Okamoto Kitchen Truck Brings Authentic Japanese Comfort Food To Streets Of L.A.
Ever since the rise of the Kogi Truck, there haven't been many exciting rumblings in the food truck world. But at only four-months old, Okamoto Kitchen—the brainchild of husband-and-wife duo Chizuru and Gerald Abraham—may just be the next big thing. The Abrahams are on a mission to introduce lesser-known, authentic Japanese dishes such as chicken nanban, cheese mochi and classic-style (oofu) Japanese curry to the masses.
And it's not just their food that stands out. Their bright red truck has a giant-sized, Akiba-style (a district in Tokyo known to be a video game, manga and anime haven) anime character is emblazoned across its side. The truck has anime videos explaining their dishes and their menu looks like it's straight out of a video game. The larger-than-life design makes sense given that the Okamoto Kitchen staff all are or have been pro gamers and are into anime culture.
Chizuru, the chef of the team who was born and raised in Japan, graduated from Le Cordon Bleu College of Culinary Arts and even studied under chef Nobu Matsuhisa. Gerald's obsession with anime and Japanese culture prompted his move to Japan where he became fluent in the language and met his wife. Together, they decided to bring their love of Japanese food and culture to Gerald's hometown of Los Angeles. "When we conceived the Okamoto Kitchen truck we knew we wanted a food truck where customers could be offered made-to-order meals instead of pre-packaged foods made elsewhere, earlier," Chizuru tells LAist. "We really wanted to focus on quality ingredients and a quality experience, just like how it is in Japan."
Chizuru's dishes are all about comfort food that the mainstream food world is not familiar with. "I wouldn't say it is so much of a fusion as much as an updated and modernized version of the dishes. It's all Japanese food, but presented in a different way," Gerald tells LAist.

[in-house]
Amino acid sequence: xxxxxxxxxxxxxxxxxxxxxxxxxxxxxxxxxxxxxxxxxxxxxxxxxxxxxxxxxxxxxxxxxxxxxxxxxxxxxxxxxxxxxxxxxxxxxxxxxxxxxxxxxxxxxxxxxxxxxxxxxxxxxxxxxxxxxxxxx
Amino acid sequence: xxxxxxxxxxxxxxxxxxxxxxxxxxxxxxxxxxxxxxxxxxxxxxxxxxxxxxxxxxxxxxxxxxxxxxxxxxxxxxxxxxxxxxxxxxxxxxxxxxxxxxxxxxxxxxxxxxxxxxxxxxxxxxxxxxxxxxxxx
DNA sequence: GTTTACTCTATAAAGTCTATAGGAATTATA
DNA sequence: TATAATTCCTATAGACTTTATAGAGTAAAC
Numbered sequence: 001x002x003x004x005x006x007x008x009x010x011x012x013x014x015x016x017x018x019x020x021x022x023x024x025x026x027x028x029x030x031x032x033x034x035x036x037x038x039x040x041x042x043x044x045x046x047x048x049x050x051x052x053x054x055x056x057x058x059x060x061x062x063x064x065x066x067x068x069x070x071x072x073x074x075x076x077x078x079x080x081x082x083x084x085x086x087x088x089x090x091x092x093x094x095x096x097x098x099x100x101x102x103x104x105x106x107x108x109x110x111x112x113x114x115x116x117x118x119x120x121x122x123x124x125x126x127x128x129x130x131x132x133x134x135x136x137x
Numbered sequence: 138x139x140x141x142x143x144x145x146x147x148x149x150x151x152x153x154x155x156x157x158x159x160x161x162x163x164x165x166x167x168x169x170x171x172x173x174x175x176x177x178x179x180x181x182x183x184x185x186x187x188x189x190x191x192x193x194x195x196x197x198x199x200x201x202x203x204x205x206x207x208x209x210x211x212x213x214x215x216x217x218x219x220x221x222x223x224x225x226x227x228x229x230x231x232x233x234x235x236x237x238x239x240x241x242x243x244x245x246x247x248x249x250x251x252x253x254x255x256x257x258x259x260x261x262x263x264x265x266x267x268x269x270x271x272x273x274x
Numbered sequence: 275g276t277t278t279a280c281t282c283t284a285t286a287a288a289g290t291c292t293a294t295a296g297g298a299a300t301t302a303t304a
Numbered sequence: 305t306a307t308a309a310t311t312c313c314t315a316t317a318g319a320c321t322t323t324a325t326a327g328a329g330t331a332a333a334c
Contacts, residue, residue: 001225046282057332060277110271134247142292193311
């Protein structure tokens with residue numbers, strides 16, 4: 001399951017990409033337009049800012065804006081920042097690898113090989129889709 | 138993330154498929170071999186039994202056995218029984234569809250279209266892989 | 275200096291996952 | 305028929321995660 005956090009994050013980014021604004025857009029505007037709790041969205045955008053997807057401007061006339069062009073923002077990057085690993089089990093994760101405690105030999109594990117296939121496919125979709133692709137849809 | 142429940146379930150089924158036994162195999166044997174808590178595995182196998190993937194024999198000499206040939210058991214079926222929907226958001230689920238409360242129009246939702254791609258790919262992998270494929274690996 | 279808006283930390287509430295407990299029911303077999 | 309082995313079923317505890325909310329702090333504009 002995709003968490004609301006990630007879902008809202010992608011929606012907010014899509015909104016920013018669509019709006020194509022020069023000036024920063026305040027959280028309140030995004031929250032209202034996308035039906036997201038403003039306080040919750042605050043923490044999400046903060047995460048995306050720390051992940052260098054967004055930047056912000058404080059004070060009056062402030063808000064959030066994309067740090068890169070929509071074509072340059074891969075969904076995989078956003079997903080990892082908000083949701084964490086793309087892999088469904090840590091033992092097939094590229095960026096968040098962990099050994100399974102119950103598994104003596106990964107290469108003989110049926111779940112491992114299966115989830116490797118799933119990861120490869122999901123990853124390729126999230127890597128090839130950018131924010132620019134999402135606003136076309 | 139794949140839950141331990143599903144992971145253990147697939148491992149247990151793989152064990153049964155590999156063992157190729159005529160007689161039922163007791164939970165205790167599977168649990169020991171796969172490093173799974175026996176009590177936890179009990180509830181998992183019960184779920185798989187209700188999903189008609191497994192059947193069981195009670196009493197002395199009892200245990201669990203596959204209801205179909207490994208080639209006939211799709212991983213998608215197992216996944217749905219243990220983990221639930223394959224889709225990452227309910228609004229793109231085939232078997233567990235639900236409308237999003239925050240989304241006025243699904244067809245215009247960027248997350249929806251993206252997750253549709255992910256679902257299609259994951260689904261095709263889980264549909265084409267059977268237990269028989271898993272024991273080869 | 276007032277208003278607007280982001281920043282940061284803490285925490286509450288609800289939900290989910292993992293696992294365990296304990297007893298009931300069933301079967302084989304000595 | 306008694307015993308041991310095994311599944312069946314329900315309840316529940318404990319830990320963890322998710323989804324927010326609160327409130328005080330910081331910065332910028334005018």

Their most popular dish ‘The Nom Bomb’ is a great example of this. Nom Bomb, which is a play on nanban, is a word that was used to refer to westerners arriving in Japan from the South. The dish was influenced by the European settlers that were in Japan at the time and originated in the Miyazaki prefecture in the mid 1900s. Okamoto Kitchen's version of this dish remains true to the original except that the original is a fork-and-knife dish with rice. The updated version is easier to eat from a food truck. Chizuru made it into a sandwich and added slices of jalapeño for a touch of spice, and created a tofu option for vegetarians.
Another unique dish Okatomo Kitchen does is cheese mochi sticks, which is a spin on the classic mochi, cheese, and nori (seaweed) dish. Rather than putting the cheese on top and grilling it, Chizuru infuses it and bakes it. There's also the oofu-style Japanese curry that is topped with gouda cheese. Originally introduced to Japan by the British Navy, Chizuru's version adds a touch of flour and features rich flavors from the veal stock.
And don't forget karage, the Japanese-style fried chicken made with a soy-based marinade. Unlike the American-style fried chicken, Japanese fried chicken is light and crispy. It's juicy and crispy when hot, and still succulent when cold. Chiruzu doesn't skip out on dessert, either. Her menu features five decadent Japanese parfaits that including unique flavors like Coffee Jelly, Miso Chocolate Brownie, and Green Tea with Chocolate Pocky sticks.
"Rather than just doing more bowls, sushi, takoyaki, okonomiyaki—stuff that's already been done and done well at other places—we want to introduce Japanese flavors that people are and aren't familiar with in new ways," Gerald says.
The Okamoto Kitchen truck makes stops throughout Los Angeles and participates in many anime conventions and food festivals. You can follow them on Facebook, Twitter, on for their weekly scheduled stops.